STRUCTURE AND GRAMMATICAL FUNCTION OF LEO LANGUAGE
Lio language is a language spoken in Central Flores. Having limited morphological process in general and affixation process involving verbs (head marking) and nouns (dependent marking) in particular, it is classified into an isolating language. The studies exploring the languages spoken in the eastern part of Indonesia using Lexical Functional Grammar and the theory of typology are highly limited. In addition, Lio language is merely an isolating one and does not have cross referencing. It is this which inspired the writer to conduct research in syntax. This study aims at investigating the canonic structure, the types of verbs used as predicates, the grammatical function, the alternate of clausal structure, the mapping and the pivotance in Lio language.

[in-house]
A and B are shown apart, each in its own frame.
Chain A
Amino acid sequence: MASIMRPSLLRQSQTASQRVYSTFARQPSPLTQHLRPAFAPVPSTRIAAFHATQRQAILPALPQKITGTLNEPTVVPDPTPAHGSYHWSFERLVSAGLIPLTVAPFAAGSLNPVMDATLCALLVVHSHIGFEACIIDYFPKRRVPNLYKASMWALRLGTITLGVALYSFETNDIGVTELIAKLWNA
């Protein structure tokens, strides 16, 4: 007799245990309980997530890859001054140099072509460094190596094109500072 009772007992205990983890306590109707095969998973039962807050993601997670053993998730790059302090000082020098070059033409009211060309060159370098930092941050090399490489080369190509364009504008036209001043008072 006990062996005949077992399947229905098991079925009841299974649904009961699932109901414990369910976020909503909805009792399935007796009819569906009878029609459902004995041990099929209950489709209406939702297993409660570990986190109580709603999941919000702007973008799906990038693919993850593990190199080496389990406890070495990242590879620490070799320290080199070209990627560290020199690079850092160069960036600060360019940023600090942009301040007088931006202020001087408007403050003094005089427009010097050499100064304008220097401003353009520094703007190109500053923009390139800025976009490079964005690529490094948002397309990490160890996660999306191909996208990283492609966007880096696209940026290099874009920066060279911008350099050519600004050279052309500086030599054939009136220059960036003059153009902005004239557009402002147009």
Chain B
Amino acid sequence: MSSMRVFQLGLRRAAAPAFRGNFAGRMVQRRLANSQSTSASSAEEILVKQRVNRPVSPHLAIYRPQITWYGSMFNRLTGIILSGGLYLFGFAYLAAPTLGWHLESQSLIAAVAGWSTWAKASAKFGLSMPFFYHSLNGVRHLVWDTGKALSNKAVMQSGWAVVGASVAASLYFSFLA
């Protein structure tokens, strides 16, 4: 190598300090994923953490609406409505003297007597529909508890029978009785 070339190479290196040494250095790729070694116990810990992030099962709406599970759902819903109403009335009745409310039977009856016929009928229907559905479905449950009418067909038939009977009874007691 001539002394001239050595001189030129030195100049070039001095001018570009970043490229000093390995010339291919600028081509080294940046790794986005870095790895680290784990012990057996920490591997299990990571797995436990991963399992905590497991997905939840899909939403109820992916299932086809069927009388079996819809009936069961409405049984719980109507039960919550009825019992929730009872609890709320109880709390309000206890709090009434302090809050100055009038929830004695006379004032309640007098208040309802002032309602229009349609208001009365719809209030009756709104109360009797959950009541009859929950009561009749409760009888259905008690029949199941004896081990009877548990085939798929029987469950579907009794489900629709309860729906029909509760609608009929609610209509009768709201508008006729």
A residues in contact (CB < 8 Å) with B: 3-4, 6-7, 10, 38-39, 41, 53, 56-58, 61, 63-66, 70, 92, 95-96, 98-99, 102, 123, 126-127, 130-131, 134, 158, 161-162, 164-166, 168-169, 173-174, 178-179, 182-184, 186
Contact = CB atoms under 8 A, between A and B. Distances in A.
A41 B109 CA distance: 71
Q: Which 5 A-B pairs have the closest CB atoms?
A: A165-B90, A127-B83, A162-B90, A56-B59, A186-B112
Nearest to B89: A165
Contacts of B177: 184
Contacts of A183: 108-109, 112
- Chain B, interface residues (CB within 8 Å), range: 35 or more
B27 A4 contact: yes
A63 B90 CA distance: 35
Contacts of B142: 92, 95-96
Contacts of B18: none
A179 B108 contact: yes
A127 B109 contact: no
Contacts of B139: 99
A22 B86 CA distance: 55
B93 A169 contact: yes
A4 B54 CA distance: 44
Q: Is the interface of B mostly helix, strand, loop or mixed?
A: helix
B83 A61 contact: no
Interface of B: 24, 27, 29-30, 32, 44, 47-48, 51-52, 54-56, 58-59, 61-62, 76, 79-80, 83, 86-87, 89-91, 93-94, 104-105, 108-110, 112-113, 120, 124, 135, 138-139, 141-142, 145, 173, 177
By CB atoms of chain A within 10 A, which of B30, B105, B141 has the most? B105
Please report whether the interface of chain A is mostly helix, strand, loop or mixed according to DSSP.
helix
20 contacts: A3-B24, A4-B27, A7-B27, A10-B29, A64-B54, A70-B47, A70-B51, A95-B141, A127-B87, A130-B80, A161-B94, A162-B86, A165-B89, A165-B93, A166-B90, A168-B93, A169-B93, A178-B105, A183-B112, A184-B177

The results of analysis show that the clauses in Lio language can be divided into basic clauses with verbal and nonverbal predicates. The predicates of the verbal clauses are classified into simple, serial, and causative. The serial verbal constructions are distinguished based on the semantic features of the verbal components forming the serial verbal constructions. These types can be observed from the nature of the relationships among the components forming the serial verbal constructions. A serial verbal construction is made up of more than one verbs and behaves as a simple predicate. There is no dependence marker among the components forming the serial verb. The causative structure also forms monoclause and biclause. The functional mapping uses the features [+/-r] and [+/-o], the argument uses the features [-r] and [-o] which are mapped to SUBJ, [-r] and [+o] are mapped to OBJ, [+r] and [+o] are mapped to OBJ2 or OBJ? and [+r] and [-o] are mapped to OBL (Oblique). Lio language has GF SUBJ and OBJ as the nuclear GF (nuclear grammatical function), and OBL, COMP, and ADJ as the nonnuclear grammatical functions. The SUBJ appears before the verb (preverbal position) and the OBJ appears after the verb (postverbal position). Based on how the constituents are ordered, Lio language is an SVO and VOS language. Typologically, it is classified into an ergative as well as accusative language. It is classified into an ergative language as the argument of the unmarked transitive verbal P is similarly treated to the intransitive simple argument depending on how the constituents are ordered. The limitation of Lio language is that P and S can be relativised and modified by the emphatic marker. The only P and S which function as pivots allow the noun which coreferences in both the coordinate and subordinate clauses to disappear.
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